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Once again, the ethanol "flex-fuel" myth lets the American automakers continue to have a loophole to get out of raising their real fuel economy.

These targets are irrelevant. If US car manufacturers can't do a whole lot better than this, they're dead anyway when the price of gas goes north.

This is just window dressing. Yet the auto manufacturers just don't look out the window. They only want to keep an eye on the rear view mirror.
Rising fuel prices will force market acceptance of cars with higher fuel standards than these, ultimately rendering this bill meaningless.

Remember the statement printed in the rear view mirror:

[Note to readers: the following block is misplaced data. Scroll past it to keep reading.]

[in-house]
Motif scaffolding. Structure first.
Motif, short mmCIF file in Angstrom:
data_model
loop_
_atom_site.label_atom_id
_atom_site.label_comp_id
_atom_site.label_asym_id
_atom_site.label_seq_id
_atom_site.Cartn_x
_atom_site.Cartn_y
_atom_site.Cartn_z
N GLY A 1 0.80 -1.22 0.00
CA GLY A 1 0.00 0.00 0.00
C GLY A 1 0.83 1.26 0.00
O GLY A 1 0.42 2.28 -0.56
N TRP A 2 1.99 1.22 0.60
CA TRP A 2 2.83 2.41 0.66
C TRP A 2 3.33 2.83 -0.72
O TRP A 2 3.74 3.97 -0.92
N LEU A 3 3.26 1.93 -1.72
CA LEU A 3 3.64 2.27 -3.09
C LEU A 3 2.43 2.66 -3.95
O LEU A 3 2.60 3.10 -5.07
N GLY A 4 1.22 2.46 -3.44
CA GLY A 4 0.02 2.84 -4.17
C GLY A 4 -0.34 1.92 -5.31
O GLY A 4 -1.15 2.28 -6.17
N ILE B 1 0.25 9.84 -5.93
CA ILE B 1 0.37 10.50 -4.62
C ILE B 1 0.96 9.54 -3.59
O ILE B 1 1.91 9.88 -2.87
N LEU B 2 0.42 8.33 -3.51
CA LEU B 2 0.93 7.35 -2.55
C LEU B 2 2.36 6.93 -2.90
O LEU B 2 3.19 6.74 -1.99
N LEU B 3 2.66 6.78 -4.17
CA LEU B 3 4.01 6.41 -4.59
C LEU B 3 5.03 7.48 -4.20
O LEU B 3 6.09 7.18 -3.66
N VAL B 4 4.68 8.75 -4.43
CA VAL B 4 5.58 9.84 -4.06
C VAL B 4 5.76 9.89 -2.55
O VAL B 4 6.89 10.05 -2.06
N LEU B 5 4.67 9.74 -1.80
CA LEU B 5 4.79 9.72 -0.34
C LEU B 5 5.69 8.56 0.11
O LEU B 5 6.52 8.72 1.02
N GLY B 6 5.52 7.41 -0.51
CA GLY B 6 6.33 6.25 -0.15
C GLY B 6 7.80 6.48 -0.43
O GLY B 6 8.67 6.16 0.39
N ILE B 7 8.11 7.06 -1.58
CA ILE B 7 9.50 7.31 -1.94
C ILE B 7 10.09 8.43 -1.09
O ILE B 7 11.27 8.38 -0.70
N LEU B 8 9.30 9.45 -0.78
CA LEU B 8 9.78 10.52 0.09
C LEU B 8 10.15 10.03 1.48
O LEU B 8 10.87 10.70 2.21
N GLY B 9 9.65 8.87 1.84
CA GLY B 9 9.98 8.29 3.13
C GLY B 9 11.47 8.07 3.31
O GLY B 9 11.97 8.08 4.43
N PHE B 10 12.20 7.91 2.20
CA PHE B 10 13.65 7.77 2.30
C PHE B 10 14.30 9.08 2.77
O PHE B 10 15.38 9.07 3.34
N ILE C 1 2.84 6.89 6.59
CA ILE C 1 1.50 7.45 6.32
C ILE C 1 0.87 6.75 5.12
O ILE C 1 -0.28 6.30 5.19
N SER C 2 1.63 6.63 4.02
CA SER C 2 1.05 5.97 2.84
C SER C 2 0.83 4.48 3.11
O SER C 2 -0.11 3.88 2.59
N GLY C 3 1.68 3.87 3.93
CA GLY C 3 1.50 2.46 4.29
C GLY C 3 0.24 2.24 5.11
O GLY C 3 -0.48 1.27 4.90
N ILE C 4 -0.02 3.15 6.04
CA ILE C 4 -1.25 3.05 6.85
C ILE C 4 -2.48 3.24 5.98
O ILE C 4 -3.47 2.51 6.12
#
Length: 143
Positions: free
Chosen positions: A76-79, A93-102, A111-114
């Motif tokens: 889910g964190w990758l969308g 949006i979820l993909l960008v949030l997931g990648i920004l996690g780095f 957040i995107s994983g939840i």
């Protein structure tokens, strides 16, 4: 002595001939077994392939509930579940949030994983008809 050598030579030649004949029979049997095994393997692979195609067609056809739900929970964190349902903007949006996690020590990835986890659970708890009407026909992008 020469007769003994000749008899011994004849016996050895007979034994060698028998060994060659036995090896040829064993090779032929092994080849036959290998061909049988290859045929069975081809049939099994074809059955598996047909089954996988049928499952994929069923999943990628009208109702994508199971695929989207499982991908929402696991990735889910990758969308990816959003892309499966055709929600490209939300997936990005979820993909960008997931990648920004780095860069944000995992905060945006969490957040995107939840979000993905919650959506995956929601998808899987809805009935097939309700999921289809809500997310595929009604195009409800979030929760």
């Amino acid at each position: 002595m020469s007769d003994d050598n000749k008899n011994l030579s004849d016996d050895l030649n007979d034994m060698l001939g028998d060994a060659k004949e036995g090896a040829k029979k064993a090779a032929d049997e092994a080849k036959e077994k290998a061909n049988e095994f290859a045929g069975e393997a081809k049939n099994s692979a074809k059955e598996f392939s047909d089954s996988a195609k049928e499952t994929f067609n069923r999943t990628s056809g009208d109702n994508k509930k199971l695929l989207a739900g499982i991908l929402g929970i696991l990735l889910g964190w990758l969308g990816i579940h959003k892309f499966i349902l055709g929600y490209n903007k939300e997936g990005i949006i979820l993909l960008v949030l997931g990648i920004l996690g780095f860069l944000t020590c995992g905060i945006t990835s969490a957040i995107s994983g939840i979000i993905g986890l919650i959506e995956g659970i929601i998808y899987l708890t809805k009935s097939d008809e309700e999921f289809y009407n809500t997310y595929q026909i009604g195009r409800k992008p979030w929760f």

OBJECTS IN MIRROR ARE CLOSER THAN THEY APPEAR.

Perhaps they don't take this message seriously themselves...

I was wonder how long it would take for people to realize that CAFE standards are just that....averages.

For every car that they make thats a plug in that averages 150mpg they can still pump out 5 15mpg SUVs and hit the 2022 target of 36mpg

Toss in other cars and hybrid systems and the targets are in fact quite reasonable.

This means so long as less than 20% of the population does what makes sense. They can still manufacture cars for those with insecurities and small wee wee's or a thirst for power and maintain the average just fine

This seems like a fair and reasonable approach. When the price of fuel goes up the cost effectiveness will determine whitch technology or automaker makes it.

The good news is that consumers are reacting to higher fuel costs. In the short term this is masked by reducing prices of unpopular vehicles. In the long term that cannot be sustained.

People tend to ignore what doesn't hurt. That is not some ignorance unique to Americans. It is human nature.